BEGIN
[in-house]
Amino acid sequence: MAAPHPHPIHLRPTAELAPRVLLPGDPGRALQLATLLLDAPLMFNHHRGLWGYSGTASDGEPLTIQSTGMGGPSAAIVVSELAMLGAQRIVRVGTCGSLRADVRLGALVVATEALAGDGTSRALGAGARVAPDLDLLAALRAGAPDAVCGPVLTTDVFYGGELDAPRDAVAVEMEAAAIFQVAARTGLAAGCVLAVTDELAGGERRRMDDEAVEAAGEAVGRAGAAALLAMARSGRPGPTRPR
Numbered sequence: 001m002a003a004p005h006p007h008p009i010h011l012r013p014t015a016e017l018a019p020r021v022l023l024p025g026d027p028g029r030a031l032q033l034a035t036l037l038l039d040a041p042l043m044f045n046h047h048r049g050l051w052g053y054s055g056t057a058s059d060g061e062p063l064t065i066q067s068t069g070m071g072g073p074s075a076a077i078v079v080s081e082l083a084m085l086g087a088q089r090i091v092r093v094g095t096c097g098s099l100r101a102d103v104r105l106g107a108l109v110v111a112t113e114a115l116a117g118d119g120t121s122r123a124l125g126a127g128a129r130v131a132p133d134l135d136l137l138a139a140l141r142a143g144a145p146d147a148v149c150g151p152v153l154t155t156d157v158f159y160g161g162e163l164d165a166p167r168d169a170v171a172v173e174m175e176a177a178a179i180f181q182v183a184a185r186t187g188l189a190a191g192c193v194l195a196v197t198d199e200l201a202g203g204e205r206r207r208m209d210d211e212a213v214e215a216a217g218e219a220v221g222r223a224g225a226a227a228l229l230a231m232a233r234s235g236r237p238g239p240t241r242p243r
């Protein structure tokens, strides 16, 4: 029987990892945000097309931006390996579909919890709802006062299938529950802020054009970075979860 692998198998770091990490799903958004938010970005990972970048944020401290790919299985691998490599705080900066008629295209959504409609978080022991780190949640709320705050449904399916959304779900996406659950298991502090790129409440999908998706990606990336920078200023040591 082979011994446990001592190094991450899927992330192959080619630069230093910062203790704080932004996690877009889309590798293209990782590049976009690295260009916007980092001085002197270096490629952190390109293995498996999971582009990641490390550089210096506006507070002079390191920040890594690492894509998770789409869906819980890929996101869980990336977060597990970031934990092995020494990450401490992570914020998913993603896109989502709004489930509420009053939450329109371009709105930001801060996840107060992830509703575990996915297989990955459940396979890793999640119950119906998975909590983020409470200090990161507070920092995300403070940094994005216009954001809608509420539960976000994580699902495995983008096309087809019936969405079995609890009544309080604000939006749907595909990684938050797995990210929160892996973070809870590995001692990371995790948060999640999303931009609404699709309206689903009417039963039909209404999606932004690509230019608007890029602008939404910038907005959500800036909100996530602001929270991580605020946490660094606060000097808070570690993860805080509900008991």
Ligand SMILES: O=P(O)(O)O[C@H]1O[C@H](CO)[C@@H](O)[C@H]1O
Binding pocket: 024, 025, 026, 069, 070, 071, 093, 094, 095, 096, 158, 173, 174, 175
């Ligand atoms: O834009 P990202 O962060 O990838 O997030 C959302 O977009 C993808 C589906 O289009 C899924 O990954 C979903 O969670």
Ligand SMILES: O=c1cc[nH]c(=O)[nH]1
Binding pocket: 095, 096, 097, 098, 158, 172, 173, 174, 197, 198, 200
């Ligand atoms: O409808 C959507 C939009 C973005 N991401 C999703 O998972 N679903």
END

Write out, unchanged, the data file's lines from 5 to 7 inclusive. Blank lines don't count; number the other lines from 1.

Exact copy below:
Ligand SMILES: O=P(O)(O)O[C@H]1O[C@H](CO)[C@@H](O)[C@H]1O
Binding pocket: 024, 025, 026, 069, 070, 071, 093, 094, 095, 096, 158, 173, 174, 175
């Ligand atoms: O834009 P990202 O962060 O990838 O997030 C959302 O977009 C993808 C589906 O289009 C899924 O990954 C979903 O969670």